It wasn't long till people started telling me not to read all the time though. All my life this has been a battle, people want me to put down a book and make conversation and I... don't want to. Especially on trains, god, the number of uncles on trains who will make loud remarks about how much I read. I feel their insecurities then, why participate in an activity that implies I am better than them. In many ways, the advent of everyone having a smart phone has been so good for my reading life, I am not the only one looking at a screen or a page all the time. We have all embraced our inner selves! My cousins, I remember, used to nag at me all the time in the summer holidays, "Don't read, Minna, don't read." My grandfather on my mother's side would take great offense to me carrying a book to the dining table, but I still find it hard to eat when I have nothing to look at. This banishment of books from the dining table just meant I ate slower and slower, or littler and littler and then slipped off to find my book again.

How old was I when I read Roald Dahl or Ramona Quimby? I don't remember, so for a friend's child's birthday, I bought The Twits and Fantastic Mr Fox but another friend tells me four is too young for Dahl. I believe though that if you read indiscriminately to your kid, any good story, forget it having big pictures on every page, just keep your kid engrossed, that the love for the story will seep in, that your child will start longing to know more about the books he or she is experiencing through you, that it will set off a need for "just one more chapter" and once you have that need, you know you're a reader for life. In many ways, we were lucky growing up, no internet, no TV, all we had were books, and it's so much easier to form a reading habit when there's nothing else competing with it. But I think if you offered your child the reward of a book instead of screen time or what have you, that if you equate reading with a Good Time, you'll have the reader you want. Of course, your kid should see you reading for pleasure too, so there's that. But nothing like an Family Read Along, whether it's Enid Blyton or Roald Dahl or Harry Potter. I know, I don't have children, but like many people who stay connected to their Inner Child as it were, I feel inside my soul like the six year old I used to be. Along with nineteen and twenty six. (The only age I don't feel connected to is 37, and this year is almost over.)
 
More memories, flying thicker now: going to the World Book Fair and ordering a set of the most gorgeous children's encyclopedias, and then waiting at home for them to be delivered. The way it taught you things through a story: I remember one about a picnic and a storm, and the safest place to be during a storm. (Your car, apparently.) Living in Trivandrum, my parents' friend coming to visit and bringing me a dense small printed copy of Little Women. "Don't be put off by the print," she said, but it took me a year and some boredom before I pulled it off my shelf. I have that edition still, much loved. Daryagunj Sunday book market, taking a tonga home with our book piles. So many Amar Chitra Kathas, which we bound into fat volumes so I could read them over and over. One red letter day, finding all of the Little House in the Big Woods series, just there on the pavement. Anne of Green Gables on one long train journey, my mother skipped the Mrs Rachel Lynde Is Surprised chapter and led me straight to Anne without waiting for it, a wise abridging, because I read the chapter myself years later and it was never that exciting a way to get into the book.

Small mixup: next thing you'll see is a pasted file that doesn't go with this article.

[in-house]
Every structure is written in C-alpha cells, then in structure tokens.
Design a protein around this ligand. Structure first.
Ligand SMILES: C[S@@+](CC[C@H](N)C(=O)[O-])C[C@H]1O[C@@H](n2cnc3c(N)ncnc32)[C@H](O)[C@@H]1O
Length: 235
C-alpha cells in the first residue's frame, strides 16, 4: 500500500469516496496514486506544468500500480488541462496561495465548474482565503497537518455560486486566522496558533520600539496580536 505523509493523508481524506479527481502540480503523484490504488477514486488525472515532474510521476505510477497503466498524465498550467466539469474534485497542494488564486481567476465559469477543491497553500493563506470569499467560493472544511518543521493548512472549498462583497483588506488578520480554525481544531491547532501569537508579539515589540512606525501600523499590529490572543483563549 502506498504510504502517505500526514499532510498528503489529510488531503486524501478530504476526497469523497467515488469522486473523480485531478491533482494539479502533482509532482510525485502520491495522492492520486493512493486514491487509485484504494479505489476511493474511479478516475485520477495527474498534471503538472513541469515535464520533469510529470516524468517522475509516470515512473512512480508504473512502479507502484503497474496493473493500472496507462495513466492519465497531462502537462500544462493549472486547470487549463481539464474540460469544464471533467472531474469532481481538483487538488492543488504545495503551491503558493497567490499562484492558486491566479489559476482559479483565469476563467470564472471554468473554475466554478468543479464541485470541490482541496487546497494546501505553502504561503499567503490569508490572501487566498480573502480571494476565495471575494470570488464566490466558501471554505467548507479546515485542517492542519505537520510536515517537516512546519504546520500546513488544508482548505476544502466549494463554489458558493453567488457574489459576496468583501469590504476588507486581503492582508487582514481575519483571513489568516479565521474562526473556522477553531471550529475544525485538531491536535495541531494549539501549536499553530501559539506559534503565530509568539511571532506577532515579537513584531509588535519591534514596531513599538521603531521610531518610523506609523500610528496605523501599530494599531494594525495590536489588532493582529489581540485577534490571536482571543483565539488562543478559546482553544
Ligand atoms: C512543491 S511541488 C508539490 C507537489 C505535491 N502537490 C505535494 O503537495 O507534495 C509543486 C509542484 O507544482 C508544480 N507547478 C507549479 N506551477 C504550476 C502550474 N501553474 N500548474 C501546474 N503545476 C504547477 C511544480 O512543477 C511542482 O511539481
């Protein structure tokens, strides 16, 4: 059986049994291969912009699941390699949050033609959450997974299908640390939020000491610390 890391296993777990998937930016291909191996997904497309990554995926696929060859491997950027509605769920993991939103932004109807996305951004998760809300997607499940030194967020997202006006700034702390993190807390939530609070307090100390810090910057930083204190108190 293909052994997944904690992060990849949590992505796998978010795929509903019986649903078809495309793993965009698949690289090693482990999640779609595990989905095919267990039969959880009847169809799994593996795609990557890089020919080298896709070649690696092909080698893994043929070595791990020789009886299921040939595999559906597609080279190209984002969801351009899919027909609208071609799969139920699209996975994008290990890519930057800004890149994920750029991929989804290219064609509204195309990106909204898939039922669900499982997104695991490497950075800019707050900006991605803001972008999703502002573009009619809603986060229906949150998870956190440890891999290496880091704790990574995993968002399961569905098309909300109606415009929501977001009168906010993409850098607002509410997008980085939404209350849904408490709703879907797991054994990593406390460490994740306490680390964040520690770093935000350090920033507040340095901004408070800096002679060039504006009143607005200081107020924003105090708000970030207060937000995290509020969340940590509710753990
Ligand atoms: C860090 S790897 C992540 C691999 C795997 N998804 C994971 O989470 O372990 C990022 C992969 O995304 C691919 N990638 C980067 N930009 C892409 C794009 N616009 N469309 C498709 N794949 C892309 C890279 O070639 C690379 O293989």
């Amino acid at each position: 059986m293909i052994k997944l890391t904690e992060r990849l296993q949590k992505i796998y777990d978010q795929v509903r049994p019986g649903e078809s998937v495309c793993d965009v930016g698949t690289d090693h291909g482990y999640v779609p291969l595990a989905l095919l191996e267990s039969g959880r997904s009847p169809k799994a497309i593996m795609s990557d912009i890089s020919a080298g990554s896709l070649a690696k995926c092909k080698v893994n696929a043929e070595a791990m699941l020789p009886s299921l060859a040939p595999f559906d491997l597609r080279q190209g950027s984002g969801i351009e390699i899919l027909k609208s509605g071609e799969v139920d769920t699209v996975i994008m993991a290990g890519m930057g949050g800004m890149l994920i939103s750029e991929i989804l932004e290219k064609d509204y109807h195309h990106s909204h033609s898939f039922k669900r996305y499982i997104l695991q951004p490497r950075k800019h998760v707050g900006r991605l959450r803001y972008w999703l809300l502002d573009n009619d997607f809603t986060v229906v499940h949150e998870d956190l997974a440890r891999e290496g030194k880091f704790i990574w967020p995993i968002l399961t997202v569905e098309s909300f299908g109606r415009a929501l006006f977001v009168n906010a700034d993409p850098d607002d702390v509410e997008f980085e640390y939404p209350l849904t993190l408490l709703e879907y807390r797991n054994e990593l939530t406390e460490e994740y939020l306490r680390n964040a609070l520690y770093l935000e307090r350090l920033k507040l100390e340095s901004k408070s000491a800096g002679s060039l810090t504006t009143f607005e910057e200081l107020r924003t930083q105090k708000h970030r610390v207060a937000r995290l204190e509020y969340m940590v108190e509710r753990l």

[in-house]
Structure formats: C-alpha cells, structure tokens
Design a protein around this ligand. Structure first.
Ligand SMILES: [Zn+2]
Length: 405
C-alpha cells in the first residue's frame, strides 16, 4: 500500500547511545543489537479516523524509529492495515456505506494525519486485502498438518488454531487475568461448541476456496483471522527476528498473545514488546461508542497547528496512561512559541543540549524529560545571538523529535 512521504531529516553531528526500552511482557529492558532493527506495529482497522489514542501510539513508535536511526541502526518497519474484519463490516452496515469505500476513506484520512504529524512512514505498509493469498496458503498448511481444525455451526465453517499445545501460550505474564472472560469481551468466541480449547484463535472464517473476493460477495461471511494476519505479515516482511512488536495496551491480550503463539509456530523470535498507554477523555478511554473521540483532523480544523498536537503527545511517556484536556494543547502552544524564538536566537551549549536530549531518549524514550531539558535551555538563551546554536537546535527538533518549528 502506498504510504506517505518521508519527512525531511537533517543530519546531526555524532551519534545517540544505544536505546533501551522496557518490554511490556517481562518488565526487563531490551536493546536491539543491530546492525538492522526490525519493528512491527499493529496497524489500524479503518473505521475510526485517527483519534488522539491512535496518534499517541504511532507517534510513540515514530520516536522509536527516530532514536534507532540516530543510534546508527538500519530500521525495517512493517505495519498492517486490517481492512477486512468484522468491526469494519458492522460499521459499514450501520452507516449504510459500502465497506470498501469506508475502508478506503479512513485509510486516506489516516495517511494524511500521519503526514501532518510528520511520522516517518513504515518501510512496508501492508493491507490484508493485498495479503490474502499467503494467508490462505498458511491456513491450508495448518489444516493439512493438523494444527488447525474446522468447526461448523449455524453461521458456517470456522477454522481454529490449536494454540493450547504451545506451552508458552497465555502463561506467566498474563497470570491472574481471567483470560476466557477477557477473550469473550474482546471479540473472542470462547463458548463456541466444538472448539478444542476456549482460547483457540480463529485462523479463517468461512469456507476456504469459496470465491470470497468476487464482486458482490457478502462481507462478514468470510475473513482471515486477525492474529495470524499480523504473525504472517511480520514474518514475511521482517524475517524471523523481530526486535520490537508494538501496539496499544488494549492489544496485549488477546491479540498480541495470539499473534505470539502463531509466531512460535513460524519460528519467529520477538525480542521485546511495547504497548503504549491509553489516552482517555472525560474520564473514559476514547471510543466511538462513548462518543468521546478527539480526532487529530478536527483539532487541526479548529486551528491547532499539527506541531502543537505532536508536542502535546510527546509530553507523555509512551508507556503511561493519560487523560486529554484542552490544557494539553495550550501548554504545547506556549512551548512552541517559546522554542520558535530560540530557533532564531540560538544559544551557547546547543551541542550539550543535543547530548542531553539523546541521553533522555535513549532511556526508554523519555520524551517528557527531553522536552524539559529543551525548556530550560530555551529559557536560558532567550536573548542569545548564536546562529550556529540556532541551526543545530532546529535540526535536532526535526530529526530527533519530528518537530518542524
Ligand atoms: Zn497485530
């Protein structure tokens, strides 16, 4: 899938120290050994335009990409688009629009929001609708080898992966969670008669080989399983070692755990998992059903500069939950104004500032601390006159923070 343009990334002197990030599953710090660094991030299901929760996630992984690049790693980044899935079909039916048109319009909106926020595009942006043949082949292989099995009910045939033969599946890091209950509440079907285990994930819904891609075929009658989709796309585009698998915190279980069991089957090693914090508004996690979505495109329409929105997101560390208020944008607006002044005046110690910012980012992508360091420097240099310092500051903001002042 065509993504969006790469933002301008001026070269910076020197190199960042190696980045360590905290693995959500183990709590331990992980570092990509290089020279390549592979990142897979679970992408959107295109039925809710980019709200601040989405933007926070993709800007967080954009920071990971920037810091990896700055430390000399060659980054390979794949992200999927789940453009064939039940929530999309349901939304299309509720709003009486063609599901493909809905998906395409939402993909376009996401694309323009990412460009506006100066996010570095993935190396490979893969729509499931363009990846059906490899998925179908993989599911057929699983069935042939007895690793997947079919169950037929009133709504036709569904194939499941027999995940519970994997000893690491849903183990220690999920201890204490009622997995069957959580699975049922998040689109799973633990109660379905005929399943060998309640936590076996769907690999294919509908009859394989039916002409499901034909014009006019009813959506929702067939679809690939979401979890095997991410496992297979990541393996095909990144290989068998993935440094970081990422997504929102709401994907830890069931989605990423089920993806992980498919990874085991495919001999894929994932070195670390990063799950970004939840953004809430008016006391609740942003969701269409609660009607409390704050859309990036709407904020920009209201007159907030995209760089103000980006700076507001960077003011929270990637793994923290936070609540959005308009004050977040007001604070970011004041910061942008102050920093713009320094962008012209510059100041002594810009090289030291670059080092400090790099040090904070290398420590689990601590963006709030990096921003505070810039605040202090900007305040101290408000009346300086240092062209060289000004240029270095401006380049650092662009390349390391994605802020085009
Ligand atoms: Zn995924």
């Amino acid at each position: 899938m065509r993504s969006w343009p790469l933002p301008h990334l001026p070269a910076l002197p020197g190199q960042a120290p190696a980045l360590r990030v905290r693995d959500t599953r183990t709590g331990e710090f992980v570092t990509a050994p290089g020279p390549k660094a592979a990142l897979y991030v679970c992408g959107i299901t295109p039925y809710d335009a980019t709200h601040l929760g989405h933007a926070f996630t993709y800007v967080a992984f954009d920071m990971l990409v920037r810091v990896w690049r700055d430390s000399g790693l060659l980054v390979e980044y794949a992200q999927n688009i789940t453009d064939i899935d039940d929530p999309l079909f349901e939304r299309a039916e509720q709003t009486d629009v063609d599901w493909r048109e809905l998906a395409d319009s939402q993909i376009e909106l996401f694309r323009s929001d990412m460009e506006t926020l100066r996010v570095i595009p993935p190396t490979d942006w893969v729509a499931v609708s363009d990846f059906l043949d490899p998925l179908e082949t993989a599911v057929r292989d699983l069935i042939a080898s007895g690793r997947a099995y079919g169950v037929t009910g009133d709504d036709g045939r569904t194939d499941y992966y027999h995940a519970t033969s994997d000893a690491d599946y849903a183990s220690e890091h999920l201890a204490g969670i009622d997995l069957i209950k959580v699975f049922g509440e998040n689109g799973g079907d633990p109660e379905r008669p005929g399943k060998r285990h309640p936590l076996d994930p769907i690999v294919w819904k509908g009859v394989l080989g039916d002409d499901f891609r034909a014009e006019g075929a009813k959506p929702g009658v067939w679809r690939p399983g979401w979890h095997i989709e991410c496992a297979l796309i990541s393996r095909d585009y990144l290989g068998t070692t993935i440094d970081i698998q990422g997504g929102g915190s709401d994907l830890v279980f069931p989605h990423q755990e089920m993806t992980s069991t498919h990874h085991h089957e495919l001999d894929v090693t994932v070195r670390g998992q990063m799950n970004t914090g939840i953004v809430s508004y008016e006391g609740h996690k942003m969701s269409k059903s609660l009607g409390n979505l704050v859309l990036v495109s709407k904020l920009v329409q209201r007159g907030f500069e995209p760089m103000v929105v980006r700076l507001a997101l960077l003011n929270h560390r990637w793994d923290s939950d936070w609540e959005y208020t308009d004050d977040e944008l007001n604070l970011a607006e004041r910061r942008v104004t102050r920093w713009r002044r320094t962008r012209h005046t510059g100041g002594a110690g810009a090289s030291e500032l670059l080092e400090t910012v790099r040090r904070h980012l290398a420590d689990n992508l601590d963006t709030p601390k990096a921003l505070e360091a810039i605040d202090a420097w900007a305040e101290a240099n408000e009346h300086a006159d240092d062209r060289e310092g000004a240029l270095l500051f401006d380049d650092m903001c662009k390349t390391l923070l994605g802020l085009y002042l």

Books held me in my later years. No matter how bad it got, I always had my books. Briefly, books were trendy in the 90s, we'd read Sweet Valley High, not out of any great joy about the prose, but because they were a) like a soap opera and b) our parents disapproved of them. What could be more alluring to a preteen girl? My old friends are still here, still on my shelves, and though I have re-read all my childhood favorites so many times that I can no longer tell you early memories, just vague feelings about them, layered on top of each other, it's nice to know that when the world is garbage, some things still hold. I wish you (and your kids if you have any) the same joy.